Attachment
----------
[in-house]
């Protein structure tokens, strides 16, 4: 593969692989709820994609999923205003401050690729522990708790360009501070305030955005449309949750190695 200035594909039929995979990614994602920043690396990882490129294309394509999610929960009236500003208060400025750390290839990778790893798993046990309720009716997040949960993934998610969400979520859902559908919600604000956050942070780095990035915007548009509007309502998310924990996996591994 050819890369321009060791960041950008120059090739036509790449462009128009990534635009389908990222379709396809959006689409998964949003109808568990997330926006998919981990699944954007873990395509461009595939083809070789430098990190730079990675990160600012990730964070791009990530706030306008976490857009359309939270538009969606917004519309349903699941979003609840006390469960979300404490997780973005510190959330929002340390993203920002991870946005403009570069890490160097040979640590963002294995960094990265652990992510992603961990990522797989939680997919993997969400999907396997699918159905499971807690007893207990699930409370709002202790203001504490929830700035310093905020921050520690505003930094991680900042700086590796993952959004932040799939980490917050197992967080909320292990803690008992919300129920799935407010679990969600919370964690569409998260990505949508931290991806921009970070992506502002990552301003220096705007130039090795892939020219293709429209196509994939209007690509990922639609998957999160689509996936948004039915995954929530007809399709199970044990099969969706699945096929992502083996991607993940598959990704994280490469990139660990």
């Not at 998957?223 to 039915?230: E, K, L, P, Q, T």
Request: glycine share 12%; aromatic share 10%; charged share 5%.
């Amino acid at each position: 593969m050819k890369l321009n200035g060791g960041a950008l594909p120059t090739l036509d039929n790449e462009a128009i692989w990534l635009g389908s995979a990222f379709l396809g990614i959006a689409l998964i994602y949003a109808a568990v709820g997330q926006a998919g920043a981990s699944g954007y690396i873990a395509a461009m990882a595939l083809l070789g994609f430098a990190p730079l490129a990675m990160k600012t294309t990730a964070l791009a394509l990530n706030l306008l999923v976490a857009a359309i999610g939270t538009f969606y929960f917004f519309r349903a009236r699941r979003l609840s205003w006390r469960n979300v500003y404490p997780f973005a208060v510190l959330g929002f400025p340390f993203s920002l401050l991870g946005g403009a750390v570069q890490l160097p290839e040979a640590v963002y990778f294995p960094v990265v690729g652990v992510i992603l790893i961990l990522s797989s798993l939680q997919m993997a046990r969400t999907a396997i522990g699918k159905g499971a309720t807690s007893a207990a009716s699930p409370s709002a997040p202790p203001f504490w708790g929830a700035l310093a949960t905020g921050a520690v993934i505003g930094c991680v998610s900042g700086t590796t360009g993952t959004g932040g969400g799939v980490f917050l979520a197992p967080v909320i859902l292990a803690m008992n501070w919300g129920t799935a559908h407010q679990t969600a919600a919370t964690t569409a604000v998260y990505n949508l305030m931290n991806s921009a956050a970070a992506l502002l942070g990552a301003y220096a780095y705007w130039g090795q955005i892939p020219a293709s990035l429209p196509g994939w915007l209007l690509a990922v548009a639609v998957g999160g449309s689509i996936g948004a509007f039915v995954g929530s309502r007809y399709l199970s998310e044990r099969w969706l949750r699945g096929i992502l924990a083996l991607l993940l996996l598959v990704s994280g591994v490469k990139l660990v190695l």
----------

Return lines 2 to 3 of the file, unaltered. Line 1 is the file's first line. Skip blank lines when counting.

């Protein structure tokens, strides 16, 4: 593969692989709820994609999923205003401050690729522990708790360009501070305030955005449309949750190695 200035594909039929995979990614994602920043690396990882490129294309394509999610929960009236500003208060400025750390290839990778790893798993046990309720009716997040949960993934998610969400979520859902559908919600604000956050942070780095990035915007548009509007309502998310924990996996591994 050819890369321009060791960041950008120059090739036509790449462009128009990534635009389908990222379709396809959006689409998964949003109808568990997330926006998919981990699944954007873990395509461009595939083809070789430098990190730079990675990160600012990730964070791009990530706030306008976490857009359309939270538009969606917004519309349903699941979003609840006390469960979300404490997780973005510190959330929002340390993203920002991870946005403009570069890490160097040979640590963002294995960094990265652990992510992603961990990522797989939680997919993997969400999907396997699918159905499971807690007893207990699930409370709002202790203001504490929830700035310093905020921050520690505003930094991680900042700086590796993952959004932040799939980490917050197992967080909320292990803690008992919300129920799935407010679990969600919370964690569409998260990505949508931290991806921009970070992506502002990552301003220096705007130039090795892939020219293709429209196509994939209007690509990922639609998957999160689509996936948004039915995954929530007809399709199970044990099969969706699945096929992502083996991607993940598959990704994280490469990139660990």
């Not at 998957?223 to 039915?230: E, K, L, P, Q, T």